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Trump's Supreme Court Nominee Skeptical Of Federal Agency Power

Supreme Court nominee Judge Neil Gorsuch faces his Senate confirmation hearing on Monday. A likely topic: regulation of federal agencies.
Alex Wong
Getty Images
Supreme Court nominee Judge Neil Gorsuch faces his Senate confirmation hearing on Monday. A likely topic: regulation of federal agencies.

At most Supreme Court confirmation hearings, questions focus on hot-button social issues — abortion, affirmative action, same-sex marriage — and the hearings next week on Supreme Court nominee Neil Gorsuch will be no exception.

But senators are also likely to spend a lot of time examining the nominee's views on federal regulations — of the environment, health and safety laws for workers, and laws on consumer rights and business.

In question is a doctrine that Gorsuch has criticized but that also once helped his mother.

The Chevron doctrine

The Chevron decision is perhaps the most cited case in American law. Decided unanimously in 1984, it established a general rule of deferring to an agency's reasonable interpretation of a statute.

The idea is that in passing a law, Congress sets out broad provisions and tells agencies that have considerable expertise to establish rules for carrying out the law's mandates. In short, the agency is to fill in the details.

The Chevron case stems from the Reagan administration. When President Ronald Reagan took office in the early 1980s, the White House adopted more permissive rules for air pollution caused by manufacturing plants. The Natural Resources Defense Council sued the Environmental Protection Agency, then under the leadership of Anne Gorsuch, contending the agency had exceeded its authority.

Recognize that name, Gorsuch? Yes indeed, her son is the current Supreme Court nominee.

Back then, the Supreme Court ultimately sided with the Reagan administration and EPA Administrator Gorsuch, declaring that where a statute is ambiguous, the courts should defer to an agency's reasonable interpretation.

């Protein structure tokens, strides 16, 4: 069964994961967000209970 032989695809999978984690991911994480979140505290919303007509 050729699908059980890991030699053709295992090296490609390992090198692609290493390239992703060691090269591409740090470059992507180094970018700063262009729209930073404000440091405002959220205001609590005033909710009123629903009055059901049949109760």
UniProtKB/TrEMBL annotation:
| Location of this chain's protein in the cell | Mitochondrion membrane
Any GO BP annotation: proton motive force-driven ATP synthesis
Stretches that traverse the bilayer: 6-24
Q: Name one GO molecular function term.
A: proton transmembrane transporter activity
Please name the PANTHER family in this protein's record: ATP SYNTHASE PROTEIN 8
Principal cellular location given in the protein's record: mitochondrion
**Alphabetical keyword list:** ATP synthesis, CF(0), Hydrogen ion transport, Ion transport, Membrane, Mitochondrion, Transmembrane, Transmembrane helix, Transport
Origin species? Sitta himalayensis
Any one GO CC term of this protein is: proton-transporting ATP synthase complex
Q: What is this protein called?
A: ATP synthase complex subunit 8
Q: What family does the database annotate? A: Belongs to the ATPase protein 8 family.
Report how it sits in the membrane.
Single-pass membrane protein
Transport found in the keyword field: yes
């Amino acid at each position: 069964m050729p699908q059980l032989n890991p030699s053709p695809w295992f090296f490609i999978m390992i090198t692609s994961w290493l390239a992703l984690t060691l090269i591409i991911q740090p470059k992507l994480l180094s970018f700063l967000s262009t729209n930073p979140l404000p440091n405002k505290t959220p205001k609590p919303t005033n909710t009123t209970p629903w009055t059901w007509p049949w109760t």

Judge Gorsuch's aversion to agency deference

Ironically, Judge Gorsuch has increasingly criticized that rule as an abdication of judicial responsibility. In some of his dissenting and concurring opinions on the U.S. Court of Appeals for the 10th Circuit, he has called for reconsideration of the Chevron decision.

It is one of the ways in which he is more conservative than the justice he has been nominated to succeed, the late Antonin Scalia. Scalia was generally an advocate of Chevron deference to agencies — his view was that agencies are at least politically accountable, whereas judges are not.

But Chevron "cuts both ways," as professor Jonathan Adler of Case Western Reserve University School of Law points out.

"An agency might want Chevron deference when it wants to regulate more, but under the Trump administration, agencies will want to claim Chevron deference when they're trying to deregulate," Adler says.

Many Gorsuch defenders argue that having someone on the Supreme Court who is less deferential to agencies should reassure those who don't trust the Trump administration.

It would be "harder" for a Trump administration to get its way if there were no Supreme Court decision requiring the courts to defer to the agencies, says Jeffrey Pojanowski, professor at Notre Dame Law School.